Author-in-residence shares innovative techniques with creative writing class

By Isadora Decker-Lucke
Author Áine Greaney has been working with English teacher Gloria Tanner’s creative writing class once every three weeks. She applies her real world experience to her teaching and helps the students to further develop their writing skills.
Greaney published her first short story in 1996 and since then has produced a number of short stories, essays, and four books. “I’ve moved away from short stories. I now write short essays, and I’m working on my third novel,” she said.
When Sue Krause, the school’s library teacher, opened the opportunity of inviting Greaney in as an author-in-residence to all English teachers, Tanner said she “jumped on it” and is thrilled to have this experience for the students.
Greaney is also excited to be here. “I couldn’t resist, are you kidding?” she said.
Greaney is a working writer, and she assists the class work through the writing process. Freshman Lauren Coogan, a student in the creative writing class, loves getting feedback from a professional author.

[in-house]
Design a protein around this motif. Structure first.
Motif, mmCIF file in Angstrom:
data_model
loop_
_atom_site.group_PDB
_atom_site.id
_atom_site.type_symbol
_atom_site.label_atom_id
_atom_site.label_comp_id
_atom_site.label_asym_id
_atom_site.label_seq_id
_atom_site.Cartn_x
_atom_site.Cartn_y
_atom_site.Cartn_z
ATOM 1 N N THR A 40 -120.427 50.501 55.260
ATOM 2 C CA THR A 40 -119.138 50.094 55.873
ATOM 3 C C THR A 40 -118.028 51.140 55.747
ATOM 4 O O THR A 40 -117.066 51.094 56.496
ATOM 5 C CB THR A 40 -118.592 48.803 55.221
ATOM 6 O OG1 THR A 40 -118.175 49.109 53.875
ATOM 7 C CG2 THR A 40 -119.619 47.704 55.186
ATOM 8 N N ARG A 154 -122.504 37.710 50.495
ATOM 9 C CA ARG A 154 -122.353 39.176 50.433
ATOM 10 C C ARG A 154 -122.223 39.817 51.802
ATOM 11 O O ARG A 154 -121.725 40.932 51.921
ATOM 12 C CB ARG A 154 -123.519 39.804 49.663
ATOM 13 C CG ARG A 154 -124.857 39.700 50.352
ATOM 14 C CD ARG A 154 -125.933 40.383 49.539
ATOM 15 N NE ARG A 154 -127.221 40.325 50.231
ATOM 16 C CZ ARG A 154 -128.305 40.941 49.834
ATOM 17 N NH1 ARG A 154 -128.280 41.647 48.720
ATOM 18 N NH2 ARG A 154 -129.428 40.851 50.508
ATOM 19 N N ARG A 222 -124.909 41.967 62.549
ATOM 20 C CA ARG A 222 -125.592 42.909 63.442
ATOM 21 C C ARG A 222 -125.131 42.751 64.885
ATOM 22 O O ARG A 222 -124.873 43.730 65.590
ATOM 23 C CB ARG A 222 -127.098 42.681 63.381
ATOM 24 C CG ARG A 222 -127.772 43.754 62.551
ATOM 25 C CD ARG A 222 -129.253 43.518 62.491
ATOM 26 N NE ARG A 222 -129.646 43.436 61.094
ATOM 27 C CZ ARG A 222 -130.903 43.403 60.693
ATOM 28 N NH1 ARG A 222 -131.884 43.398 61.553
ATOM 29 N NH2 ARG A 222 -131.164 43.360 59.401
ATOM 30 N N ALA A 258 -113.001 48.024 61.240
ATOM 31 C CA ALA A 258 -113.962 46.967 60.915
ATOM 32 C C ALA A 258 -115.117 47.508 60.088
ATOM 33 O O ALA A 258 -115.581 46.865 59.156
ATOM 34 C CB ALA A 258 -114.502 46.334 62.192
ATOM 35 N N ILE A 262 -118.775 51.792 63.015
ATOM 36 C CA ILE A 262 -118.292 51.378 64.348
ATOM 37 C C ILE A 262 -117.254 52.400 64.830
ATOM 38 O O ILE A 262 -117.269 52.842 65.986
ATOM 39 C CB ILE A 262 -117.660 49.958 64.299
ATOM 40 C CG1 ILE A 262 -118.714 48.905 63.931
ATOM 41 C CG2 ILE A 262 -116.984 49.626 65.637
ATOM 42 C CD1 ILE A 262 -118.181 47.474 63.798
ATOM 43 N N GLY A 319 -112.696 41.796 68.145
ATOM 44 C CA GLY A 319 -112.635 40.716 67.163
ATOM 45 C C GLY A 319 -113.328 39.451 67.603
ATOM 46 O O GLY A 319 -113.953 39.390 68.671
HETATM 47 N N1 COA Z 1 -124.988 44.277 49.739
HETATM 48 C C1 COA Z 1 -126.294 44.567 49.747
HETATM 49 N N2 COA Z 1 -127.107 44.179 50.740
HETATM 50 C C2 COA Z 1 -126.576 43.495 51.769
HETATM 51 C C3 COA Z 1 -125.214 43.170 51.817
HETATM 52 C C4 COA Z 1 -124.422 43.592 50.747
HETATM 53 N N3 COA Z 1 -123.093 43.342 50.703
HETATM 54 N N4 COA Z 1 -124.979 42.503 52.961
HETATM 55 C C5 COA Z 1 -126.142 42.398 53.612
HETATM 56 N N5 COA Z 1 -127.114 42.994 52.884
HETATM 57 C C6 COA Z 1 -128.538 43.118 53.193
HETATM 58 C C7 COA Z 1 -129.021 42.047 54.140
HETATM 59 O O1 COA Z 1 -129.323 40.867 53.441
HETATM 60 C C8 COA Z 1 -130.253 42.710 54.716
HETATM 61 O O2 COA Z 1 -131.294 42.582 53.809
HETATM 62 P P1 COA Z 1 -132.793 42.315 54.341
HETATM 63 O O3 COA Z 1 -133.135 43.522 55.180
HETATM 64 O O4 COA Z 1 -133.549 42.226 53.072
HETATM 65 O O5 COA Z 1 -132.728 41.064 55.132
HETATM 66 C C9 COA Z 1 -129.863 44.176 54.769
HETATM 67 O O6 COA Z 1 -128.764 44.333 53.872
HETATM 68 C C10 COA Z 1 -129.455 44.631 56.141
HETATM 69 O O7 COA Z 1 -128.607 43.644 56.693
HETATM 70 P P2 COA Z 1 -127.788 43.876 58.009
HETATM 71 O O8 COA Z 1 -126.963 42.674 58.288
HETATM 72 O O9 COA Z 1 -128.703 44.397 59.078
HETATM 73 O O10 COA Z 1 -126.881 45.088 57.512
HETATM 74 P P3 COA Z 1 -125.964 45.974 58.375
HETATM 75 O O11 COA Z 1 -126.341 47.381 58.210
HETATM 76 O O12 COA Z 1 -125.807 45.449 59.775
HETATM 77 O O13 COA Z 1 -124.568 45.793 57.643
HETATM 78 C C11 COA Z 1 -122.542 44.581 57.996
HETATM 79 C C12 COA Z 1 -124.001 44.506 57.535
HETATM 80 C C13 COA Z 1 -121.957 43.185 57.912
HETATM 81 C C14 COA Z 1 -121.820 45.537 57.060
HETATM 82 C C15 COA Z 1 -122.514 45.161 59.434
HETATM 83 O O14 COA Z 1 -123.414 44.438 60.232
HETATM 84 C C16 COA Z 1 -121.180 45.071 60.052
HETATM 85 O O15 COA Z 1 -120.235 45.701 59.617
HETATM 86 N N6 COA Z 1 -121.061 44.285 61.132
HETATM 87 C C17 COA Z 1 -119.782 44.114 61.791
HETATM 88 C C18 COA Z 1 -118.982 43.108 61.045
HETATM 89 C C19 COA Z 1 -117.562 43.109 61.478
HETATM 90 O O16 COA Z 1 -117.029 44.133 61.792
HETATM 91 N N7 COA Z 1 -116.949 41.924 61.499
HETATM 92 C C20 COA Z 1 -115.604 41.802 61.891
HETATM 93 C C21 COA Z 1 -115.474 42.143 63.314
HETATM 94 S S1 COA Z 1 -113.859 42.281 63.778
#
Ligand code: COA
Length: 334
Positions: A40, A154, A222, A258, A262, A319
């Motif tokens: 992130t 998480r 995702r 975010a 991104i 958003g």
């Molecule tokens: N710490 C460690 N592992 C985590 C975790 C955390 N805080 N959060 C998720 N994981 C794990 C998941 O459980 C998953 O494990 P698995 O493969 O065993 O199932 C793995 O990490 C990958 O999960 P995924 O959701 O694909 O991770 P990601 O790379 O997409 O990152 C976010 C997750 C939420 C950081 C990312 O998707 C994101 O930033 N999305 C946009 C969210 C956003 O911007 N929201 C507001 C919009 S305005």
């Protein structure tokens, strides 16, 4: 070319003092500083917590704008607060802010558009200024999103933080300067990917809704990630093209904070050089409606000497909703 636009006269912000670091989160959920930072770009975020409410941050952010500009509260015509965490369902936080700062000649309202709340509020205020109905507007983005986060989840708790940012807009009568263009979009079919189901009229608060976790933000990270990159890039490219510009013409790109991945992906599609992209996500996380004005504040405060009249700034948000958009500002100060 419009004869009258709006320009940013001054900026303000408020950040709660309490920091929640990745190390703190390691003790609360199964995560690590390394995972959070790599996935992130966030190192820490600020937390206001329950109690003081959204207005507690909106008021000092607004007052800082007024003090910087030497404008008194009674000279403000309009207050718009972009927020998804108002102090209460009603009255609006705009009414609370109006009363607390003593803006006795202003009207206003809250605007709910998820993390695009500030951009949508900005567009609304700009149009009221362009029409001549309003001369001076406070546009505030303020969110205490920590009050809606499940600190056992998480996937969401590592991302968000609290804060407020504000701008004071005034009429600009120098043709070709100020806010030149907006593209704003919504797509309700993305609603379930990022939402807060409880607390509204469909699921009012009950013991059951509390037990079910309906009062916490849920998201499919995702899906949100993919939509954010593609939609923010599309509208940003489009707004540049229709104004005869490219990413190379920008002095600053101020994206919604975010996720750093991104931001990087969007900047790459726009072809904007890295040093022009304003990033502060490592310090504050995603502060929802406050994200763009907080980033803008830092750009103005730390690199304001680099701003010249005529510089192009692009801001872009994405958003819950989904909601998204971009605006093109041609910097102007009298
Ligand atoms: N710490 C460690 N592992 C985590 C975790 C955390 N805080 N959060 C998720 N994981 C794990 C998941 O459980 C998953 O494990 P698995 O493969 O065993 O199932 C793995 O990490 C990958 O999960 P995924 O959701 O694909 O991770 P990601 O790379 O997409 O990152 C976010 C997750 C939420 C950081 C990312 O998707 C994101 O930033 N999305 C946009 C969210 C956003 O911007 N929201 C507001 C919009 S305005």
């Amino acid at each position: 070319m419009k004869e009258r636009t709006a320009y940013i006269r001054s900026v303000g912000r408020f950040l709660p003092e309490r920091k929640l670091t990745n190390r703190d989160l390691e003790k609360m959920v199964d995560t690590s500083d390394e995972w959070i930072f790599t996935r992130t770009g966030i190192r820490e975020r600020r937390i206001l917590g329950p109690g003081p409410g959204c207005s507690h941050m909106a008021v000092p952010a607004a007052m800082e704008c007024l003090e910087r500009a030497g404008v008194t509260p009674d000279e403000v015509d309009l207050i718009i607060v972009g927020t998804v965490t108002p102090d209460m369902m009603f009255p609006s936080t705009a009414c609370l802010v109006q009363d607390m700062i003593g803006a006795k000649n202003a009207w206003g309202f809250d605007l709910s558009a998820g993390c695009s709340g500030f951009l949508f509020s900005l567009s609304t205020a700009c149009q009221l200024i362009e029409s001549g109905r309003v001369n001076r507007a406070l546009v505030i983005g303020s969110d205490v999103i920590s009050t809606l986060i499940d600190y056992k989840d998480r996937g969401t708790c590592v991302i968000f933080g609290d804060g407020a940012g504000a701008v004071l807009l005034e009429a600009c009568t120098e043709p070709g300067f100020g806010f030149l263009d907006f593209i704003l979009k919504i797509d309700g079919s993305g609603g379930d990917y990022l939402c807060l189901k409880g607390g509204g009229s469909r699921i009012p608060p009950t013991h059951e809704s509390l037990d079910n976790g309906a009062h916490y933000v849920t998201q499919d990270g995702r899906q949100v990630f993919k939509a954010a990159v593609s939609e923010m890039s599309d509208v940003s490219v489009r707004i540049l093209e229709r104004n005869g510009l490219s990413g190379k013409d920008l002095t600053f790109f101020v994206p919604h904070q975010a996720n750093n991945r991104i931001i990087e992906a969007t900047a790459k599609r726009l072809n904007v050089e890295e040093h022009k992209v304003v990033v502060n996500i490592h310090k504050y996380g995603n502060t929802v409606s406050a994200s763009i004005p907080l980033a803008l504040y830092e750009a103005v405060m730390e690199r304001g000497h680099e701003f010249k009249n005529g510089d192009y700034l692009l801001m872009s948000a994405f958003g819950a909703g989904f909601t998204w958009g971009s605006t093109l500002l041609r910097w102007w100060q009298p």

“Oftentimes she will help a student get out of writer’s block,” Coogan said of Greaney. “She helps us to use our minds and be creative in styles of writing that I have never worked with before.”
During the classes she comes into, Greaney talks to the students about their most recent writing assignments and helps them make corrections. Not only does she assign a project to the students, but she also does the assignment as well so that she can work through the writing process with them.
Right now, the class is working on uncomfortable place essays. Greaney read out excerpts from her piece, and then gave the students a chance to give her constructive criticism. After, volunteers from the class did the same with their own pieces.
“I love to work with new writers, it’s very exciting!” Greaney said. “I learn a lot about writing by reading their stories.”
Tanner and her class feel the same way about Greaney. “Because she’s a published writer, she’s had to learn how to motivate herself. It’s a very solitary profession, and she has insights that I think are very helpful to the students,” Tanner said.